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      17) Solowheel-style hub motor Unicycle project 2011

      I looked at the Trevor Blackwell unicycle, the Enicycle, the Focus Designs unicycle, the Ryno Motors one-wheeled scooter, the micycle and most recently the solowheel and decided that it was about time I built a unicycle!
       
      There will be two footpegs each side so if I want to I can ride it with no saddle as in the solowheel example. The batteries will be fitted in one side and the electronics on the other. This means there will be no little box mounted above the wheel, making it more portable, more compact + lower centre of gravity.
      For now the footpegs are welded on but eventually I will make them fold up flat on each side.
      This also means I can mount roller skate wheels on end of each footpeg as "stabilisers" while I learn to ride the thing if I want to.
      Here is the welded frame ready for testing of the accel/gyro inputs and motor controller.
      The motor is a BRUSHED hub motor from an electric bike mounted in a 20 inch BMX wheel.
      Although brushless motors are now more common in the electric bike motor world, I found an older brushed design as this is more like a normal electric motor nd canbe controlled by a normal type of motor controller.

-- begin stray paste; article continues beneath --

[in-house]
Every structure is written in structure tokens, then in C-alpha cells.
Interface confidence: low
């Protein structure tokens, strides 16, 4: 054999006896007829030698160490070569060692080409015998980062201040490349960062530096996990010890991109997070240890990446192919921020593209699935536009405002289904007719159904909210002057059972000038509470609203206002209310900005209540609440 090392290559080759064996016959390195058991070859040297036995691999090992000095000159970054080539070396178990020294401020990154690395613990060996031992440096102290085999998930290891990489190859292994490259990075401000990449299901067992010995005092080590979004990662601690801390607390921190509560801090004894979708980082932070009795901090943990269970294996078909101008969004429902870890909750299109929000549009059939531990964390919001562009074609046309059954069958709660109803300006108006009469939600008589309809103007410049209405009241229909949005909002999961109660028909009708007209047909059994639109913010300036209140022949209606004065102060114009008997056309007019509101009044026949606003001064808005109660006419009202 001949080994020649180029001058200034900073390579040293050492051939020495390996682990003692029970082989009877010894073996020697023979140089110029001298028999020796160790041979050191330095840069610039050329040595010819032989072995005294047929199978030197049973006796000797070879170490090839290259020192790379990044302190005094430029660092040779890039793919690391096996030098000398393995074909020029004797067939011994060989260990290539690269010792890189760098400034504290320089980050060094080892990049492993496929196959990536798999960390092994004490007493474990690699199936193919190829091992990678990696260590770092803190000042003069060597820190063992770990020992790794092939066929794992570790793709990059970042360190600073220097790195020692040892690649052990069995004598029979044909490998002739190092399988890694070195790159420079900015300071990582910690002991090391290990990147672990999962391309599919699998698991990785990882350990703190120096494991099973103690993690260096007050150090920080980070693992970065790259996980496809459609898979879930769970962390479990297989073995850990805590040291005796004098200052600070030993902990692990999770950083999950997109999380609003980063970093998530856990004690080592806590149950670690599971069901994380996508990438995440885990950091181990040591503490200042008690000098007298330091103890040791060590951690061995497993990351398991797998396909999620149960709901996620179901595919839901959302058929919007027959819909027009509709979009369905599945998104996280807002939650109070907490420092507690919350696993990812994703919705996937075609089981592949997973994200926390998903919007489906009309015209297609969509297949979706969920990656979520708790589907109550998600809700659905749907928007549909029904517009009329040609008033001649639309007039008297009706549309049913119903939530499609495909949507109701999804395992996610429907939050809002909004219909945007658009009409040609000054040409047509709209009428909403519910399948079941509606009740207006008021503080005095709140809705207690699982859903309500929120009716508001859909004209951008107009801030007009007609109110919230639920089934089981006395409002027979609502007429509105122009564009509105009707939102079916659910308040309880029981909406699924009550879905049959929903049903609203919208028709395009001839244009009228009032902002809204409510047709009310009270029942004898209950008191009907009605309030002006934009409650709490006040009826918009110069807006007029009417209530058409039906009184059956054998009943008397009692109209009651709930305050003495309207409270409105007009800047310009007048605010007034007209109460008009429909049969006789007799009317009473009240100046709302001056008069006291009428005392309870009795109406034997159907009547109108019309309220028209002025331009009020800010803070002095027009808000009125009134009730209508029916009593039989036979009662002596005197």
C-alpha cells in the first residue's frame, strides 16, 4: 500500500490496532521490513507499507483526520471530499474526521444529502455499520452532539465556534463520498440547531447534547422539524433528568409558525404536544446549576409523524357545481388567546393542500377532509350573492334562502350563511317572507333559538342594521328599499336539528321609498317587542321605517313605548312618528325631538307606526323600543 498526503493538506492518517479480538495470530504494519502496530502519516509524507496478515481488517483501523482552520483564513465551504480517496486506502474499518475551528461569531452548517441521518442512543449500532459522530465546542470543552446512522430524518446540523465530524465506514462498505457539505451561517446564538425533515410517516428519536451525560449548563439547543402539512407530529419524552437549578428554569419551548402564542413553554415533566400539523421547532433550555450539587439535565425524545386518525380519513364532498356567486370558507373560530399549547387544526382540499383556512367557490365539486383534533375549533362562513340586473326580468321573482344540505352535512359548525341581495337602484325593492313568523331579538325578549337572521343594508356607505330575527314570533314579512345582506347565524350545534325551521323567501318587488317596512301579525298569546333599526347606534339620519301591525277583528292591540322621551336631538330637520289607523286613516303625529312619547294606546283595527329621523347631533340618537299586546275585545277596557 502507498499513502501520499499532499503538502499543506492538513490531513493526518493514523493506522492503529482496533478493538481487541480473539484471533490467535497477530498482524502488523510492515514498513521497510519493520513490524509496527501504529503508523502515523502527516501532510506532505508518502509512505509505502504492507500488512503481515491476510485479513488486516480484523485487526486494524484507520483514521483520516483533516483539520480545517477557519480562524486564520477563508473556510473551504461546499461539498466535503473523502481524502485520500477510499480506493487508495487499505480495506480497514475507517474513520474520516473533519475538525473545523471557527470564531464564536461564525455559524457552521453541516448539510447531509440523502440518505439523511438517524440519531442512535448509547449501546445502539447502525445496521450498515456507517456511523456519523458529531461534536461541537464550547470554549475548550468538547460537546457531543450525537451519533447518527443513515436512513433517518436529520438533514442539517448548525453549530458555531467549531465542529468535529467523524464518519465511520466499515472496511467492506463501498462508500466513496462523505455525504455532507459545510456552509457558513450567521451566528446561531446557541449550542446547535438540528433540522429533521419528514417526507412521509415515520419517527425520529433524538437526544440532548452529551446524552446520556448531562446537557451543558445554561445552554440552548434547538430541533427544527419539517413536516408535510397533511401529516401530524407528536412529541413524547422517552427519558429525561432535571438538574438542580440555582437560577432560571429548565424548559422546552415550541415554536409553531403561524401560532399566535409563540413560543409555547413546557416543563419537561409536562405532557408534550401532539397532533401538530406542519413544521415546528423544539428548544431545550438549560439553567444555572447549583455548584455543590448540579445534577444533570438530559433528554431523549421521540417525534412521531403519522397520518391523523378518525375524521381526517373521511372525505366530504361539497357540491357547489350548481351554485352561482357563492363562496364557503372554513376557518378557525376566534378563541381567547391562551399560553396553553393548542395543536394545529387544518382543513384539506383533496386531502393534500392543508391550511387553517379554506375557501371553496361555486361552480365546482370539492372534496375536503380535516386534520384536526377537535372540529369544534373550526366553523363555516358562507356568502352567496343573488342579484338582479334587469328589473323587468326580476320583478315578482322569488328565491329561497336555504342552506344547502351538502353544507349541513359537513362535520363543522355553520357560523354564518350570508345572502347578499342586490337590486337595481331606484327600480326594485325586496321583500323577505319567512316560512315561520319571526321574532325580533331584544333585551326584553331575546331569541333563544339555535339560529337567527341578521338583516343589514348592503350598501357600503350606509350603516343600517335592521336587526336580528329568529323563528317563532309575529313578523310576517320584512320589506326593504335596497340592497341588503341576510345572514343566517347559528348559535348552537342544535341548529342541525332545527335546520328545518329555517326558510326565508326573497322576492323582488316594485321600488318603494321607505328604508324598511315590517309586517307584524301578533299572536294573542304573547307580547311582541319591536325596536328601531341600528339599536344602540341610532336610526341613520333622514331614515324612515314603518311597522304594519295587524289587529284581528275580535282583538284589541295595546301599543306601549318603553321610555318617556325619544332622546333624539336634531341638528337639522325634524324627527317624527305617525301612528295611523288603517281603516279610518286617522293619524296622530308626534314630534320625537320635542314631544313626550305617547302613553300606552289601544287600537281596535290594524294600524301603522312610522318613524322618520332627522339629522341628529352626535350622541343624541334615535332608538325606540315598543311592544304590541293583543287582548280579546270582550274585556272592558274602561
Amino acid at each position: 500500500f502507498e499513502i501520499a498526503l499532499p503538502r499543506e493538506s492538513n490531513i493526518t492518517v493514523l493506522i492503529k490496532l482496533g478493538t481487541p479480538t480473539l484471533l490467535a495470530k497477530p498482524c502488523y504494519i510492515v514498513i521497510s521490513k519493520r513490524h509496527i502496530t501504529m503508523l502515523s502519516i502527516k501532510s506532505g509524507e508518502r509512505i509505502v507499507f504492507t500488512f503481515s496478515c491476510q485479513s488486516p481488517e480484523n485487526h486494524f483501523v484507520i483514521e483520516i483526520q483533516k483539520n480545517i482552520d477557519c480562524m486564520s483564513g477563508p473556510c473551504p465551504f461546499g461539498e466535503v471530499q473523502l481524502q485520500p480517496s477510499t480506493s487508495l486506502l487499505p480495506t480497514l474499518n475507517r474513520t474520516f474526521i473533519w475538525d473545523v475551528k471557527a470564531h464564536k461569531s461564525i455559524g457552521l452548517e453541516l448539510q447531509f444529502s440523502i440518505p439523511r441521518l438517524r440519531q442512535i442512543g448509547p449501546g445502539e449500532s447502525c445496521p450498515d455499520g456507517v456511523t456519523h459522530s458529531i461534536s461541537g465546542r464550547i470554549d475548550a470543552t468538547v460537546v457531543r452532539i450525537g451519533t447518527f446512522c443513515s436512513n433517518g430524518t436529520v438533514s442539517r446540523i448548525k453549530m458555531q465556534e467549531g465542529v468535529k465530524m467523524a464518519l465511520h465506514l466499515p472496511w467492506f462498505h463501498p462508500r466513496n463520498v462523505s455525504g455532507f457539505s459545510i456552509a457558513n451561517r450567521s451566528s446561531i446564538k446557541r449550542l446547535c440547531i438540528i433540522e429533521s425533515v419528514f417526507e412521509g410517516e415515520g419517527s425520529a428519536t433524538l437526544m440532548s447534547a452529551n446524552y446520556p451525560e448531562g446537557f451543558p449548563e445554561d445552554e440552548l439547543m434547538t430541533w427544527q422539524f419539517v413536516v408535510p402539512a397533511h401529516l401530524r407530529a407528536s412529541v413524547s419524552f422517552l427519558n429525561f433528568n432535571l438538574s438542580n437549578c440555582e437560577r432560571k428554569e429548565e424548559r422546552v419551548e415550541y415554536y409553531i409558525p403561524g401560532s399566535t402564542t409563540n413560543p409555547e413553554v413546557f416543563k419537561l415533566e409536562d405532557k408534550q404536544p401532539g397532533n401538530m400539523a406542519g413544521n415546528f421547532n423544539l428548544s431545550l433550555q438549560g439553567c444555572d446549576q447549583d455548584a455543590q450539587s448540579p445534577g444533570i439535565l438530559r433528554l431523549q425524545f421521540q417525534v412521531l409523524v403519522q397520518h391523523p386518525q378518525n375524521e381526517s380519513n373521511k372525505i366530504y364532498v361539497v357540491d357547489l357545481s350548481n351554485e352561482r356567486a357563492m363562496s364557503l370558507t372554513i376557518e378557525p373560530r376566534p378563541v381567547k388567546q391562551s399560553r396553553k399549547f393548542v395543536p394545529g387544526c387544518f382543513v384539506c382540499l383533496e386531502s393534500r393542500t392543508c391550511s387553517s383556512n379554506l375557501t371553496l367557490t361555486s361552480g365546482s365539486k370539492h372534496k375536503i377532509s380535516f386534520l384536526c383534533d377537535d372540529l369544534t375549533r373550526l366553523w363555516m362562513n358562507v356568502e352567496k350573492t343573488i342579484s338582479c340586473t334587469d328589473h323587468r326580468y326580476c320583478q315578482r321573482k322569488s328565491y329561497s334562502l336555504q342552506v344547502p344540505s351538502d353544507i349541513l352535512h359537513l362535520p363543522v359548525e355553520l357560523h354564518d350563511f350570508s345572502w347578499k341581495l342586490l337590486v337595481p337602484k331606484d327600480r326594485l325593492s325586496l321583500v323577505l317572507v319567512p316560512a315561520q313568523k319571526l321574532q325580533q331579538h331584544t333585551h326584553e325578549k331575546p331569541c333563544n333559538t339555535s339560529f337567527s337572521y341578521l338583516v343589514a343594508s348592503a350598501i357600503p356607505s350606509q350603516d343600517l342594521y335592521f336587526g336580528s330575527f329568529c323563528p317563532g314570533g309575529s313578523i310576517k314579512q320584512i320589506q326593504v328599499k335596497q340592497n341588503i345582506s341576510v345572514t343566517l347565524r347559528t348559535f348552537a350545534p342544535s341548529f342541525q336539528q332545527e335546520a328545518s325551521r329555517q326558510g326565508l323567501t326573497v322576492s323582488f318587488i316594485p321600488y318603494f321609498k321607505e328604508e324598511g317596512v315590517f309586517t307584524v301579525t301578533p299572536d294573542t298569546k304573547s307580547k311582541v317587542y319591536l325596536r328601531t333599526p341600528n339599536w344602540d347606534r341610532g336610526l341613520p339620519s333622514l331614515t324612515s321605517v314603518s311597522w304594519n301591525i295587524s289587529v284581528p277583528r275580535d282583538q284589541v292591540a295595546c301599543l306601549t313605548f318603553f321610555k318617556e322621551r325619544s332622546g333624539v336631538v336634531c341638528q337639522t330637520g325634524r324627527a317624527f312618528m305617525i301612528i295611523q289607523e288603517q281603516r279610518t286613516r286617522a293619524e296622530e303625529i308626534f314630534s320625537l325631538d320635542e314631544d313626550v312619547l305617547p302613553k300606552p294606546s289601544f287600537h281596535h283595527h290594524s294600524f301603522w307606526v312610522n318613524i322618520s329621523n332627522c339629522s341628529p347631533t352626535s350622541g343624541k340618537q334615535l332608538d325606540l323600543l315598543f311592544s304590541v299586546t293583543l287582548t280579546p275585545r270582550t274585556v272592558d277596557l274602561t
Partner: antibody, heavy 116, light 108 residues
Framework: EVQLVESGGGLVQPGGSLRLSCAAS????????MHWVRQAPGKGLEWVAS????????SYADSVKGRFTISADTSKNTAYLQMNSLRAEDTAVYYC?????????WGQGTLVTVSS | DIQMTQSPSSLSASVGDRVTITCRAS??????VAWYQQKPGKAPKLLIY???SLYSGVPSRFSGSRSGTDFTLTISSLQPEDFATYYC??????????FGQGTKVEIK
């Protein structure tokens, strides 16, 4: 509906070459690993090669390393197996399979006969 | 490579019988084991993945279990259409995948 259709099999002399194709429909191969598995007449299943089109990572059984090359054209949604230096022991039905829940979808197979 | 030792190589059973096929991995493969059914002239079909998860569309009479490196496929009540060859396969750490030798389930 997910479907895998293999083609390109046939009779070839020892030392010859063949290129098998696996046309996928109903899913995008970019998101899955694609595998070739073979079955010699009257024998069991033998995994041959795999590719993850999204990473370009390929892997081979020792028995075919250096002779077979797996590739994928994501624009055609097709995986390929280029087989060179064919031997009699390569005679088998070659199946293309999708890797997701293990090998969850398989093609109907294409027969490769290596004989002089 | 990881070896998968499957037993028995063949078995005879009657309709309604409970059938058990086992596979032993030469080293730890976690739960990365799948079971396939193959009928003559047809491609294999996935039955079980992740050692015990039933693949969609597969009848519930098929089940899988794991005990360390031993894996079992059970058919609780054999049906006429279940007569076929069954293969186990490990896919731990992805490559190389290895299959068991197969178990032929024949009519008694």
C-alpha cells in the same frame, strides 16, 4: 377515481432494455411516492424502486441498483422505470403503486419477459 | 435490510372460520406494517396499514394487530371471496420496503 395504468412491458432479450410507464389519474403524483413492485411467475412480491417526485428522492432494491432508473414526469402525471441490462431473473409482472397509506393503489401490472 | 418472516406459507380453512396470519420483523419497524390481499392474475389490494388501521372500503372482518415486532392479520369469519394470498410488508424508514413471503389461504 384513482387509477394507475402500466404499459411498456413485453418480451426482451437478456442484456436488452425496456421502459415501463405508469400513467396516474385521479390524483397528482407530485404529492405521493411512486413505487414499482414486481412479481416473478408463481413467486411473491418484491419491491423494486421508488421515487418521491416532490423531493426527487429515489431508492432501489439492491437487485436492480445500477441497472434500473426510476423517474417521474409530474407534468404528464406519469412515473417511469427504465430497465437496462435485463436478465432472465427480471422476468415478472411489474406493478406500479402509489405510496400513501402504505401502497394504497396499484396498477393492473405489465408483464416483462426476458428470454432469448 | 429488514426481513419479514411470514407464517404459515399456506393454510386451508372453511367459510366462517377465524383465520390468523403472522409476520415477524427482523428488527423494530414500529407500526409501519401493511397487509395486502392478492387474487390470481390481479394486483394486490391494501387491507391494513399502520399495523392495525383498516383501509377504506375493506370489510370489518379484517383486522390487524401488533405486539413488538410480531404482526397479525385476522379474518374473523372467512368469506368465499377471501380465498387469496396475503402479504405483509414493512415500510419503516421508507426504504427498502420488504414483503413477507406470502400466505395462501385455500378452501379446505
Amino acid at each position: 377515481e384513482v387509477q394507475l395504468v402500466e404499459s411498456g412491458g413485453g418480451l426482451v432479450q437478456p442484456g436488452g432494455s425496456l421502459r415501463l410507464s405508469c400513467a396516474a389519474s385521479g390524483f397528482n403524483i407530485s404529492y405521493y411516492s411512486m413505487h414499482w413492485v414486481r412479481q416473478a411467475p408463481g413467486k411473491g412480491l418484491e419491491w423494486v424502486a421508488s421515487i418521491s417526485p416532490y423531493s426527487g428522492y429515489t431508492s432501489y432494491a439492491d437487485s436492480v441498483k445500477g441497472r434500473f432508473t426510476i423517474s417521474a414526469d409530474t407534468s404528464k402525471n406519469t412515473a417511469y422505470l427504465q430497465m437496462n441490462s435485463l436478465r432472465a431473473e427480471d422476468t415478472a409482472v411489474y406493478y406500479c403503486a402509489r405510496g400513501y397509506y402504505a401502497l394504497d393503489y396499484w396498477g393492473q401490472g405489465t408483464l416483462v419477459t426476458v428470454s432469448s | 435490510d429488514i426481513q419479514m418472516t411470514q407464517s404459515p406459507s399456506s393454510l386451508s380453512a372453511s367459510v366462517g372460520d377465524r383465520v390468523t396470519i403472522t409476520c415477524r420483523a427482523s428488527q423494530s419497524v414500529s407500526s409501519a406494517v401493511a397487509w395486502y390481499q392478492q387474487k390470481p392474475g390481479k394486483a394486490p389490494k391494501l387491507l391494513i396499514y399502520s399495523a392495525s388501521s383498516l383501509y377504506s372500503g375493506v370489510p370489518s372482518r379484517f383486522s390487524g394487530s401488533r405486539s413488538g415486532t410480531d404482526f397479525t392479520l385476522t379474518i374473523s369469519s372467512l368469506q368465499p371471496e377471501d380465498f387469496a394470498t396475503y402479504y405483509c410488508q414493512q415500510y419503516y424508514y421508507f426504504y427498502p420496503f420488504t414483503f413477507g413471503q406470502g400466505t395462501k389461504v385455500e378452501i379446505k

By undoing 4 bolts the wheel/motor assembly can be removed from base of the machine (upwards in this image).
       
      The gyro and accelerometer sensors are in the small black box (temporarily)
      as close to main axle as possible. 
       

      Testing unicycle motor controller

      Early testing video before electronics were tidied up. 
       
       
      MAY 2011: Not tight enough balance control so have now changed OSMC control to locked-antiphase. More on this to follow.
      Have decided to add a unicycle saddle for now while I try to learn to ride it.
       
       
      CURRENT STATUS JUNE 2011:
       
      On hold.
      Not enough torque at wheel to inspire confidence riding it. I suspect once moving along it would be OK actually but have strong feeling that if I continue with this one I will end up in the casualty department of the hospital I work in!
       
      OSMC motor controller on left (designed for large combat robots).
      Controlled by an Arduino which is reading the accelerometer and gyro.
       
       
      Two potentiometers are present to adjust variables within the software, particularly the Proportional
      and Derivative gains. 
       
      3300 mAh 12V NiMh batteries x 3 are fitted.
      These packs are 22cm long and all three fit in frame on opposite side to the electronics.
      They are designed for radio control racing cars.
       
       
       
      View of the control box modified to fit available space.
       
       
       
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